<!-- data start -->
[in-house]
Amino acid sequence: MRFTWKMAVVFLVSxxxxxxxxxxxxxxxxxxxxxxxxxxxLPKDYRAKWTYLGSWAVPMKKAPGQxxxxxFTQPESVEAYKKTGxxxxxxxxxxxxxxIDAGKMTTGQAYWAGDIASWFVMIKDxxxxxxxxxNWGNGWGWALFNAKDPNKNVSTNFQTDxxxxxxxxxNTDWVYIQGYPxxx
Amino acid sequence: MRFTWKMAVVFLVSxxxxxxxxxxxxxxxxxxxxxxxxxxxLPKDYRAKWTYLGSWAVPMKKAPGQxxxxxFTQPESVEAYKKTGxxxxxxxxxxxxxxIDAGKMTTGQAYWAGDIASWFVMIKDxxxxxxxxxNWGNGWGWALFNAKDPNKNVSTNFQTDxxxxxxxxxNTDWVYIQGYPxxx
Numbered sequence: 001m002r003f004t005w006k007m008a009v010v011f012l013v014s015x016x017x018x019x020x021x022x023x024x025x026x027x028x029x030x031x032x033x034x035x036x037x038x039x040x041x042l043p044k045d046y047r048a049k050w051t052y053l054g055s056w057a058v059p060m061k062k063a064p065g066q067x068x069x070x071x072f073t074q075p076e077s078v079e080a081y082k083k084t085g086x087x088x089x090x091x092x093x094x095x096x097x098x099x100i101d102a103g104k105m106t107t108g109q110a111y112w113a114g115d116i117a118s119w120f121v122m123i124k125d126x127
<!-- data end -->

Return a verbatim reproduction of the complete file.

[in-house]
Amino acid sequence: MRFTWKMAVVFLVSxxxxxxxxxxxxxxxxxxxxxxxxxxxLPKDYRAKWTYLGSWAVPMKKAPGQxxxxxFTQPESVEAYKKTGxxxxxxxxxxxxxxIDAGKMTTGQAYWAGDIASWFVMIKDxxxxxxxxxNWGNGWGWALFNAKDPNKNVSTNFQTDxxxxxxxxxNTDWVYIQGYPxxx
Amino acid sequence: MRFTWKMAVVFLVSxxxxxxxxxxxxxxxxxxxxxxxxxxxLPKDYRAKWTYLGSWAVPMKKAPGQxxxxxFTQPESVEAYKKTGxxxxxxxxxxxxxxIDAGKMTTGQAYWAGDIASWFVMIKDxxxxxxxxxNWGNGWGWALFNAKDPNKNVSTNFQTDxxxxxxxxxNTDWVYIQGYPxxx
Numbered sequence: 001m002r003f004t005w006k007m008a009v010v011f012l013v014s015x016x017x018x019x020x021x022x023x024x025x026x027x028x029x030x031x032x033x034x035x036x037x038x039x040x041x042l043p044k045d046y047r048a049k050w051t052y053l054g055s056w057a058v059p060m061k062k063a064p065g066q067x068x069x070x071x072f073t074q075p076e077s078v079e080a081y082k083k084t085g086x087x088x089x090x091x092x093x094x095x096x097x098x099x100i101d102a103g104k105m106t107t108g109q110a111y112w113a114g115d116i117a118s119w120f121v122m123i124k125d126x127